The Environmental Protection Agency headquarters in Washington, D.C.

One important job that the U.S. Environmental Protection Agency has is approving new pesticides that chemical companies want to bring to market, as well as ensuring that older pesticides still meet today’s safety standards. 

The EPA has more work to do these days, but it has fewer employees to do it, agency data released Tuesday shows. Since 2005, the number of completed pesticide registrations has more than doubled, while the number of employees overseeing the process has dropped by a quarter. 

In 2004, Congress passed a law aimed at speeding the process of registering these pesticides. The Pesticide Registration Improvement Act requires pesticide manufacturers to pay fees to help fund the review process. Registrants pay for the number of products registered, so the agency receives more money for more products. 

But this money has not allowed the pesticide staff to keep pace with the number of new products. The EPA highlighted this discrepancy in a work plan released Tuesday designed to address its backlog of finding whether new pesticides violate the Endangered Species Act.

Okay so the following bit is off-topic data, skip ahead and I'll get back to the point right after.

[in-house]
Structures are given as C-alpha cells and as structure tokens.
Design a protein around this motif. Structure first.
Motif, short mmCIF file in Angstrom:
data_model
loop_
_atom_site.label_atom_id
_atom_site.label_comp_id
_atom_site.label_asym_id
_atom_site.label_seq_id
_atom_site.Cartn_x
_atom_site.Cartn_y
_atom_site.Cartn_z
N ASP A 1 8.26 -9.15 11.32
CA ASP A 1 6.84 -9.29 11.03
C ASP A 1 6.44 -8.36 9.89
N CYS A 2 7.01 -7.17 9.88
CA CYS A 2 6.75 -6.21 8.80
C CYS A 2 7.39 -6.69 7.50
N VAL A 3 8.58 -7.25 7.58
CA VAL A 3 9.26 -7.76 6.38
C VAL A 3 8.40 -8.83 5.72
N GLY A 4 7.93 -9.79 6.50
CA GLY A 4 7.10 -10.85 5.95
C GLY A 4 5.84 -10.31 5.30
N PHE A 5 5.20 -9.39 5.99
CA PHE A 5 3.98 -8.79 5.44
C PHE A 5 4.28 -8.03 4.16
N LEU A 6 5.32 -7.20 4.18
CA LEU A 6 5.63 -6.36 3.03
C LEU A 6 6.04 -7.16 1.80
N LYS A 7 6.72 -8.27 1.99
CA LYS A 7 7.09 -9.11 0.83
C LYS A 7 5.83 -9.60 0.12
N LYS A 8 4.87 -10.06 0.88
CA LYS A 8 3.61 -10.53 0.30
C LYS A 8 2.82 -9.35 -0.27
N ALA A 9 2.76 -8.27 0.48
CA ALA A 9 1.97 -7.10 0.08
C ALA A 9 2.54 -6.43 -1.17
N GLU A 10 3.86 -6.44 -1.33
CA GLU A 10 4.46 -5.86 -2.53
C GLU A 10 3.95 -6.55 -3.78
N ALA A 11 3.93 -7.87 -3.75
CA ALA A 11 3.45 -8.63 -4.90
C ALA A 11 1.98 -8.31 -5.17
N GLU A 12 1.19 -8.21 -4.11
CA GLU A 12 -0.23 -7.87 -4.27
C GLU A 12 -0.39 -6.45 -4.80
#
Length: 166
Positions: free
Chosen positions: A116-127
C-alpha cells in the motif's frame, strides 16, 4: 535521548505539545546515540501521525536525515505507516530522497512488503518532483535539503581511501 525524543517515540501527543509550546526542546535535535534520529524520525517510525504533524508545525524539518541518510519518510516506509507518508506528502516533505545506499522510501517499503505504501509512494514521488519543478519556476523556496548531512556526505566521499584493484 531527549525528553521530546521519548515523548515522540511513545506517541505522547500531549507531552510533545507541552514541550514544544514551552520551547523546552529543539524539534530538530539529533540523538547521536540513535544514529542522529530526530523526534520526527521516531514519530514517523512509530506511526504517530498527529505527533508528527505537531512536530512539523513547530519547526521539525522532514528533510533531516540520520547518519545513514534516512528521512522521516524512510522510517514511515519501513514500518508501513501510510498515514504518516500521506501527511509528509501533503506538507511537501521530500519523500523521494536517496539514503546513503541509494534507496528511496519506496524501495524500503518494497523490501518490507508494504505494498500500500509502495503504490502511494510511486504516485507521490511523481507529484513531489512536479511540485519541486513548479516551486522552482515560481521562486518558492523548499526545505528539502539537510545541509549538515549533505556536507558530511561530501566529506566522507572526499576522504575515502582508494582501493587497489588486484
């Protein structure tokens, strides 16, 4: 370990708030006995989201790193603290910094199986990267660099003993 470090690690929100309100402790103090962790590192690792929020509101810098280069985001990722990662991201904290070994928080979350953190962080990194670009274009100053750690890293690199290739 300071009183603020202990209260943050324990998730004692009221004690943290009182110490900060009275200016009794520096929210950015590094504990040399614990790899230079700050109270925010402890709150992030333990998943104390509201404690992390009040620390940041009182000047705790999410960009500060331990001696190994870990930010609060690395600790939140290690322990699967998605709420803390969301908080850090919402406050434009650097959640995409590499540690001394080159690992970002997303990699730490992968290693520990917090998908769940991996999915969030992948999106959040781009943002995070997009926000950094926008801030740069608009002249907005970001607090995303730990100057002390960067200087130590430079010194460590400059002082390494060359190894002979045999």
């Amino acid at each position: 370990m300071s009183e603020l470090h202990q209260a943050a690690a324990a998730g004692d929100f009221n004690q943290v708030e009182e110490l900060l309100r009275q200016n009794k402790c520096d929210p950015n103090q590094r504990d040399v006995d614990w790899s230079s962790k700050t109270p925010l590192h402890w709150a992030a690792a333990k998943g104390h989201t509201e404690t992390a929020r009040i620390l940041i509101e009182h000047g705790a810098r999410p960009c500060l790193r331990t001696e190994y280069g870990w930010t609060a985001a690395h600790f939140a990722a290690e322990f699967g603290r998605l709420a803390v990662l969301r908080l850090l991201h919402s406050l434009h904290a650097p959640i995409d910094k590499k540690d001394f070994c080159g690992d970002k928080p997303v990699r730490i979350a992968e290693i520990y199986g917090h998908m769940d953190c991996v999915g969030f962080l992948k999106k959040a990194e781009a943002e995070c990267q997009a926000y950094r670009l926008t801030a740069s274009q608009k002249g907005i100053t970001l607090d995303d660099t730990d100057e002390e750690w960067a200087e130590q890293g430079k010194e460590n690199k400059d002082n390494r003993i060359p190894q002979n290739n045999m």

[Read more: ‘A pretty big sea change’: EPA says it will consider endangered species when approving new pesticides — without the threat of lawsuits]

Currently, the agency has a nearly two-decade-long backlog of Endangered Species Act decisions. The EPA said this was “an unsustainable and legally tenuous situation.”

In the graph below, “FTEs” means the number of positions available to review old and new registrations for pesticides.

Top image: The Environmental Protection Agency headquarters in Washington, D.C. photo by EPA

Type of work:

Johnathan Hettinger focuses on pesticide coverage for Investigative Midwest. Growing up in central Illinois, Johnathan saw and had family members working in all aspects of agribusiness, from boots-in-the-field...

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